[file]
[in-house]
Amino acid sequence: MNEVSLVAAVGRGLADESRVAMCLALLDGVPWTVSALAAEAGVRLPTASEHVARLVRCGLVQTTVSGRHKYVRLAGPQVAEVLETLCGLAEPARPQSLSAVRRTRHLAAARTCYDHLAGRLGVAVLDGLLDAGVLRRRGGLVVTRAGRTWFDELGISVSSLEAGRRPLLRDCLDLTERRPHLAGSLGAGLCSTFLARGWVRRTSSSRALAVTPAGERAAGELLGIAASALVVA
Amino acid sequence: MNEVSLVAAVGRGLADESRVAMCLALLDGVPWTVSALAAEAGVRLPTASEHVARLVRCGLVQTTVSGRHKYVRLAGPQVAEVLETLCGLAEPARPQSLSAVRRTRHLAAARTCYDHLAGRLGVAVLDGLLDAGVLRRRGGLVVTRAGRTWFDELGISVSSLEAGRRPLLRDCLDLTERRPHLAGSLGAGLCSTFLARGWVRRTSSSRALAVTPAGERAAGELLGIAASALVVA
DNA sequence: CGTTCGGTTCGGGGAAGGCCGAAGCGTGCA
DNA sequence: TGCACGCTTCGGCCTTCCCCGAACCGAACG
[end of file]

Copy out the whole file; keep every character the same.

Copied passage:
[in-house]
Amino acid sequence: MNEVSLVAAVGRGLADESRVAMCLALLDGVPWTVSALAAEAGVRLPTASEHVARLVRCGLVQTTVSGRHKYVRLAGPQVAEVLETLCGLAEPARPQSLSAVRRTRHLAAARTCYDHLAGRLGVAVLDGLLDAGVLRRRGGLVVTRAGRTWFDELGISVSSLEAGRRPLLRDCLDLTERRPHLAGSLGAGLCSTFLARGWVRRTSSSRALAVTPAGERAAGELLGIAASALVVA
Amino acid sequence: MNEVSLVAAVGRGLADESRVAMCLALLDGVPWTVSALAAEAGVRLPTASEHVARLVRCGLVQTTVSGRHKYVRLAGPQVAEVLETLCGLAEPARPQSLSAVRRTRHLAAARTCYDHLAGRLGVAVLDGLLDAGVLRRRGGLVVTRAGRTWFDELGISVSSLEAGRRPLLRDCLDLTERRPHLAGSLGAGLCSTFLARGWVRRTSSSRALAVTPAGERAAGELLGIAASALVVA
DNA sequence: CGTTCGGTTCGGGGAAGGCCGAAGCGTGCA
DNA sequence: TGCACGCTTCGGCCTTCCCCGAACCGAACG